# Ego graph Using Networkx in Python

• Last Updated : 20 May, 2021

Prerequisite – Graphs, Networkx Basics

Ego network is a special type of network consisting of one central node and all other nodes directly connected to it. The central node is known as ego, while the other surrounding nodes directly connected to it are known as alters. Ego networks are mostly used in analyzing social connections, links, and relationships. The network shown below is an illustration of Ego Network. The central node (ego) is shown as circular surrounded by the neighboring nodes (alters).

Ego network is widely used in Social network analysis. The basic hypothesis about ego networks is that strong ties are homophilous. Homophilous is the tendency of individuals who are socially connected in some way to display certain traits or similarities to each other. In simple words, like-minded people are connected strongly in some manner. The ego network helps us to identify these hidden connections.

The following functions are served by Ego Networks:

• Propagation of information efficiently.
• Community detection, identification of the formation of groups.
• Analysis of the ties among individuals for social support.

The easiest way to implement an ego network on any graph database is by using the Networkx library. It provides many predefined functions for the analysis and visualization of networks.

Networkx: Networkx is a Python package for the creation, analysis, and studies the nature of complex networks. It is one of the most popular python libraries used for network analysis.

Installation of the package:

`pip install networkx`

The Networkx library provides the method ego_graph() to generate an ego network from any graph. The method takes two mandatory parameters and four additional optional parameters.

Syntax: ego_graph(G, n, radius=1, center=True, undirected=False, distance=None)

Parameters:

• G (graph) – A NetworkX Graph (The parent network in whose ego network is to be created)
• N (node) – A single node (Ego/Central node of the ego network)
• Radius (number, optional) – Include all neighbors of distance <= radius from n.
• Center (bool, optional) – If False, do not include center node (ego) in graph
• Undirected (bool, optional) – If True use both in- and out-neighbors of directed graphs.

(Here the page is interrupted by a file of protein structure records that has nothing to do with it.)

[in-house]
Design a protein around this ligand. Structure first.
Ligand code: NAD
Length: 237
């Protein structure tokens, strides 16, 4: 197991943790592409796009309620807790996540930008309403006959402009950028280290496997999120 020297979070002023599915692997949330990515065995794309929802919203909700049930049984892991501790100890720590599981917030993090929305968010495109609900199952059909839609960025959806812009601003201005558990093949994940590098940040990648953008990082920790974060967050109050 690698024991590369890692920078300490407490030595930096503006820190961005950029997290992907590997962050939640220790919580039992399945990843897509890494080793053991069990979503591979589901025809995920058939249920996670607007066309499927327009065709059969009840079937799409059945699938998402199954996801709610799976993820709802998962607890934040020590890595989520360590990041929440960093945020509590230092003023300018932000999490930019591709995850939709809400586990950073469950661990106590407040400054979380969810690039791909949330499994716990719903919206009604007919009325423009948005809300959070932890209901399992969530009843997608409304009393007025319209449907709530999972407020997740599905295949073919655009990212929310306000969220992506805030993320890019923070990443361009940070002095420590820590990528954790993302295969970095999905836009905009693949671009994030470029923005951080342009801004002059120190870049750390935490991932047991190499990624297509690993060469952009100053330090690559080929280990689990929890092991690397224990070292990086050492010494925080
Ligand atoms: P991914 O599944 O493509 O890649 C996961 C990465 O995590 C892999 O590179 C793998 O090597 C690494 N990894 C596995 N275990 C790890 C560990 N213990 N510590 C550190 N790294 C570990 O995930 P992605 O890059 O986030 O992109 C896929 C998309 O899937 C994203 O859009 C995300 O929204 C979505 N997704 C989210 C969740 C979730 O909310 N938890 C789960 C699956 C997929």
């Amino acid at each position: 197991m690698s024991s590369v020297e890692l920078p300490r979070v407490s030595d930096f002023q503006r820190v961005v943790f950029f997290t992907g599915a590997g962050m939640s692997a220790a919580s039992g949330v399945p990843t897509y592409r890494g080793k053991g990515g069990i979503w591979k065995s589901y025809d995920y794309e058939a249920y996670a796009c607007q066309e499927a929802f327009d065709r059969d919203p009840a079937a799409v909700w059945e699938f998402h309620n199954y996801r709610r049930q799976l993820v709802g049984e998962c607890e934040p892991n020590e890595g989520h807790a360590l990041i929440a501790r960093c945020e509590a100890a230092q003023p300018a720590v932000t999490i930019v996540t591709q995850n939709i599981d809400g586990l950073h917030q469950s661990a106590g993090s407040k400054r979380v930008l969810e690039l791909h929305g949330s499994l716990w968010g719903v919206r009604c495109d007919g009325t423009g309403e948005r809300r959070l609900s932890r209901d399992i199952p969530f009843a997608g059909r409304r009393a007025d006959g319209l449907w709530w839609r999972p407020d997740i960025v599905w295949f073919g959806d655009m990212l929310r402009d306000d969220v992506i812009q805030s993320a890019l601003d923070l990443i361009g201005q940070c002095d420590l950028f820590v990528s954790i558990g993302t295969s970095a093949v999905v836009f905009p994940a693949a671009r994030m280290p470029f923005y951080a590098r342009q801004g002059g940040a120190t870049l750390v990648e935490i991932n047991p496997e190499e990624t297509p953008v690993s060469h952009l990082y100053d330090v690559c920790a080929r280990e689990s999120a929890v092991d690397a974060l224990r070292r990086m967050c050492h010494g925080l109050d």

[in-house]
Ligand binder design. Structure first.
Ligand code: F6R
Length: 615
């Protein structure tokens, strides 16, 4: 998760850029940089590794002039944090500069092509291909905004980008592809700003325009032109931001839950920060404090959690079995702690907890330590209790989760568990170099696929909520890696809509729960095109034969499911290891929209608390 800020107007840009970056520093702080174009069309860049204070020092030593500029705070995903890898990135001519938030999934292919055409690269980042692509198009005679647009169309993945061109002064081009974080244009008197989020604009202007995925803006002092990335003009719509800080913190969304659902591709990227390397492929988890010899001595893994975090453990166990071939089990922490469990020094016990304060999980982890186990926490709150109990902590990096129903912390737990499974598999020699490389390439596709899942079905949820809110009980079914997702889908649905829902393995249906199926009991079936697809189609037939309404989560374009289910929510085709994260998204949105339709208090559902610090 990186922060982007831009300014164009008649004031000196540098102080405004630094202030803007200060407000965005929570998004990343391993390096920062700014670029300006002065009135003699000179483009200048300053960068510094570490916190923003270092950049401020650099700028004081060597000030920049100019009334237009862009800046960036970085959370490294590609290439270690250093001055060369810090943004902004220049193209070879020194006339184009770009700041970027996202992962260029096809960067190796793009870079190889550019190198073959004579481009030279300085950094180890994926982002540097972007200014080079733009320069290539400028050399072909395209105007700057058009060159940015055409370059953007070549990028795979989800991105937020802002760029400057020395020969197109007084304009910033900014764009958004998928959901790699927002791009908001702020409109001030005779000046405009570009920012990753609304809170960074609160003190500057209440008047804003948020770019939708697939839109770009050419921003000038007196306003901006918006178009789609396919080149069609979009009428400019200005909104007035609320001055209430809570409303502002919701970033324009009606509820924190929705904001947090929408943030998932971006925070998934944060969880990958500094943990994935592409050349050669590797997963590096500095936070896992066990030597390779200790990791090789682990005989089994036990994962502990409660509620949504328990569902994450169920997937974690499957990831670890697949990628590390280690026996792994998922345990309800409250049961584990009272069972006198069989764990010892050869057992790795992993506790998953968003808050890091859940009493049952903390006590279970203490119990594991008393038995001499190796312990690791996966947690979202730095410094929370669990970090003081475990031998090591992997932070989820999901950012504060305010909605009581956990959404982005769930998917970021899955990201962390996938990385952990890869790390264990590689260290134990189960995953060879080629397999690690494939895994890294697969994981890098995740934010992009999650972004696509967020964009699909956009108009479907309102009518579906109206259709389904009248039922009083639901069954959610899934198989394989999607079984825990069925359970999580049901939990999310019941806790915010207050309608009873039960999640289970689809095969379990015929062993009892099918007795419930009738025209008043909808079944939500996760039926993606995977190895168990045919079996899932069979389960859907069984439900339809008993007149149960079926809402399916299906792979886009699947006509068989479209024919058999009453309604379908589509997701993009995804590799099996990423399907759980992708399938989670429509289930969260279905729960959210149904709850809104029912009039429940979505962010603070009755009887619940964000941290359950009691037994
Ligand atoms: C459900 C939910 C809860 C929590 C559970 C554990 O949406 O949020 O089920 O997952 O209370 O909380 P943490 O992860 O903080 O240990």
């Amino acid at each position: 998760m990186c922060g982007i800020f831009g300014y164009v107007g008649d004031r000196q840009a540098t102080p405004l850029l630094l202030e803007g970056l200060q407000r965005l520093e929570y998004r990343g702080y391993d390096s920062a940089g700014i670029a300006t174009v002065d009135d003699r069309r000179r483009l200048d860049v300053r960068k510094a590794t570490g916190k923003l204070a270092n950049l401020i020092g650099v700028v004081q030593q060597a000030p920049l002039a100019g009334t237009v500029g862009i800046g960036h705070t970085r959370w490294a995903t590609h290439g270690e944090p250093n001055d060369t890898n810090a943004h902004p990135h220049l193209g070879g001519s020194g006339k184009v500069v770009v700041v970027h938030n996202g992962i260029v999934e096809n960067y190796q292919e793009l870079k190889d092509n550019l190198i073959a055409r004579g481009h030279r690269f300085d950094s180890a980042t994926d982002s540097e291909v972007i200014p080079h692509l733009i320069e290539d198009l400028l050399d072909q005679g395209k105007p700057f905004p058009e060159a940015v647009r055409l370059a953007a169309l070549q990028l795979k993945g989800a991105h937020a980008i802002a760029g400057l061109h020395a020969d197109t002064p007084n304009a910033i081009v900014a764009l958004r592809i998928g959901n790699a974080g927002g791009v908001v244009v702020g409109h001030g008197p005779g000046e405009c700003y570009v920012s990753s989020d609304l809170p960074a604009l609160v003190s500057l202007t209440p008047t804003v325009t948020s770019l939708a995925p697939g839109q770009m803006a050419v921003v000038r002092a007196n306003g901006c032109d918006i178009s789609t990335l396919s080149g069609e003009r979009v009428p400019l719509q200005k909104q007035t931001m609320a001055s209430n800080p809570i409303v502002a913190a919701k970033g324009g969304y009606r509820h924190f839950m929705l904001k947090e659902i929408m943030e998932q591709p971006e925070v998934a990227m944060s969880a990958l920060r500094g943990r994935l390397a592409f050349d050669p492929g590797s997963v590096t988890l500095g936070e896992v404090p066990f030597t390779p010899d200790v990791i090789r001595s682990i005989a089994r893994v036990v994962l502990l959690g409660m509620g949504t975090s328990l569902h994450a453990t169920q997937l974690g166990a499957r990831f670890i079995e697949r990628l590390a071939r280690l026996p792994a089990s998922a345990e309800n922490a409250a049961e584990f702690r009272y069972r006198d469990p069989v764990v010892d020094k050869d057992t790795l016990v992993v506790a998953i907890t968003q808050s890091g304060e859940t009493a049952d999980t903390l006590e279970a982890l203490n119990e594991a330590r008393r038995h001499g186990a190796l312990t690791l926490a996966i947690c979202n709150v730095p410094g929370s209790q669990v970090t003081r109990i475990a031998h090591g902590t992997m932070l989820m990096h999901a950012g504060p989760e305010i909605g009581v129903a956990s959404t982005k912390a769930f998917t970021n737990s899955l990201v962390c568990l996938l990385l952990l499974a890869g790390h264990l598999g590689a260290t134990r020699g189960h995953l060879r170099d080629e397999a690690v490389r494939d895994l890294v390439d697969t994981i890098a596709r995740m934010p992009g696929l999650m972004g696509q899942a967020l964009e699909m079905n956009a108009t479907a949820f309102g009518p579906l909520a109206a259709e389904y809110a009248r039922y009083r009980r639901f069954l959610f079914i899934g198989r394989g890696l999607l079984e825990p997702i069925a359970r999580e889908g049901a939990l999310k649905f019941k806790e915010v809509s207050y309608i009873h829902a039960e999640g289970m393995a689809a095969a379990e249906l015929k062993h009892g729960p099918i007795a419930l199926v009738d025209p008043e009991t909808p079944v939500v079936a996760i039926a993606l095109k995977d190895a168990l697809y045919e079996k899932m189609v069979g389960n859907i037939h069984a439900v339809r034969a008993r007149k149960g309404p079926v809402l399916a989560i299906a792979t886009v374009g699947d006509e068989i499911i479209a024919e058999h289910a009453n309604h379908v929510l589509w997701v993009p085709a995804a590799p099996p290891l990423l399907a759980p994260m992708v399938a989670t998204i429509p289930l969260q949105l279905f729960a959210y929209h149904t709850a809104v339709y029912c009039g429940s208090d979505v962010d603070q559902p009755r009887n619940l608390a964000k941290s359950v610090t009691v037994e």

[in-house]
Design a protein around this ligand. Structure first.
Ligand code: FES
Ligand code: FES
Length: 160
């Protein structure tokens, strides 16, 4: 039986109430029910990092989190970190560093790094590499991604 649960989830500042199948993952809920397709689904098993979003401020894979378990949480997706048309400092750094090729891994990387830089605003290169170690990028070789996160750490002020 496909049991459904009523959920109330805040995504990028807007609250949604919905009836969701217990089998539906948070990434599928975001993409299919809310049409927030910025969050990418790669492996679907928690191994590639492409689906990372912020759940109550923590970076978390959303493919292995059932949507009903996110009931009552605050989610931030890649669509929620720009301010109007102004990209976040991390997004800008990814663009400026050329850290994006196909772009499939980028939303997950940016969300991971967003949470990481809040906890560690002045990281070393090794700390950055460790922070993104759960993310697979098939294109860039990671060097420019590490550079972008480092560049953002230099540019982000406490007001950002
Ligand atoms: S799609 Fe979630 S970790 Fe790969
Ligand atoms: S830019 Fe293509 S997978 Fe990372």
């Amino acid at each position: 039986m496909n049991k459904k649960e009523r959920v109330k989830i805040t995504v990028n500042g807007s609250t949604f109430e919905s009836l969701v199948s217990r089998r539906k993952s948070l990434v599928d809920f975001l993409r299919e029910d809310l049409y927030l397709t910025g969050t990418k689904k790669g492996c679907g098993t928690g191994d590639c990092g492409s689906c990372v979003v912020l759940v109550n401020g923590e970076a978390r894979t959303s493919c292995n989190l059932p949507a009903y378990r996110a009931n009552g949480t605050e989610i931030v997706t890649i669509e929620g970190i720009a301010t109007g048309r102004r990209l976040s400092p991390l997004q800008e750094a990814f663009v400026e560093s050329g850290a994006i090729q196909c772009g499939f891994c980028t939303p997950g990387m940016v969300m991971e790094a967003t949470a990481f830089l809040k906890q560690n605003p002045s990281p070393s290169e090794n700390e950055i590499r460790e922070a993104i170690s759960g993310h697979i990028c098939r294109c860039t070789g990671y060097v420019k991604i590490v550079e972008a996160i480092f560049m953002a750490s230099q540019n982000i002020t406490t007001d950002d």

• Distance (key, optional) – Use specified edge data key as distance. For example, setting distance=’weight’ will use the edge weight to measure the distance from the node n.

### Creating a sample network

We are taking a sample network with few nodes interconnected to each other. In this example, the nodes are – (A, B, C, D, E, F, G, H), out of these nodes one node is taken as the central node (ego), in our case we have taken A as the ego. The following code creates and shows our sample network.

Example:

## Python3

 `# import networkx for graph generation ` `import` `networkx as nx ` ` `  `# import matplotlib library ` `import` `matplotlib.pyplot as plt ` ` `  `# generation of a sample graph ` `G ``=` `nx.Graph() ` `G.add_edges_from([(``'A'``, ``'B'``), (``'A'``, ``'C'``),  ` `                  ``(``'B'``, ``'C'``), (``'E'``, ``'F'``), ` `                  ``(``'D'``, ``'E'``), (``'A'``, ``'D'``),  ` `                  ``(``'D'``, ``'G'``), (``'C'``, ``'F'``), ` `                  ``(``'D'``, ``'F'``), (``'E'``, ``'H'``)]) ` ` `  `# Defining ego as large and red ` `# while alters are in lavender ` `# Let 'A' be the ego ` `ego ``=` `'A'` `pos ``=` `nx.spring_layout(G) ` `nx.draw(G, pos, node_color ``=` `"lavender"``,  ` `        ``node_size ``=` `800``, with_labels ``=` `True``) ` ` `  `options ``=` `{``"node_size"``: ``1200``, ``"node_color"``: ``"r"``} ` `nx.draw_networkx_nodes(G, pos, nodelist``=``[ego], ``*``*``options) ` `plt.show() `

Output:

The sample network (Ego – A)

Node A is defined as ego and hence shown in red.

### Creating ego network

The below code creates and shows the ego network considering node A as the ego.

## Python3

 `# create ego network ` `hub_ego ``=` `nx.ego_graph(G, ego) ` ` `  `# showing the ego network ` `nx.draw(hub_ego, pos, node_color``=``"lavender"``,  ` `        ``node_size ``=` `800``, with_labels ``=` `True``) ` ` `  `nx.draw_networkx_nodes( ` `  ``hub_ego, pos, nodelist ``=` `[ego], ``*``*``options) ` ` `  `plt.show() `

Output:

Ego network (Ego – A, Alters – [B, C, D])

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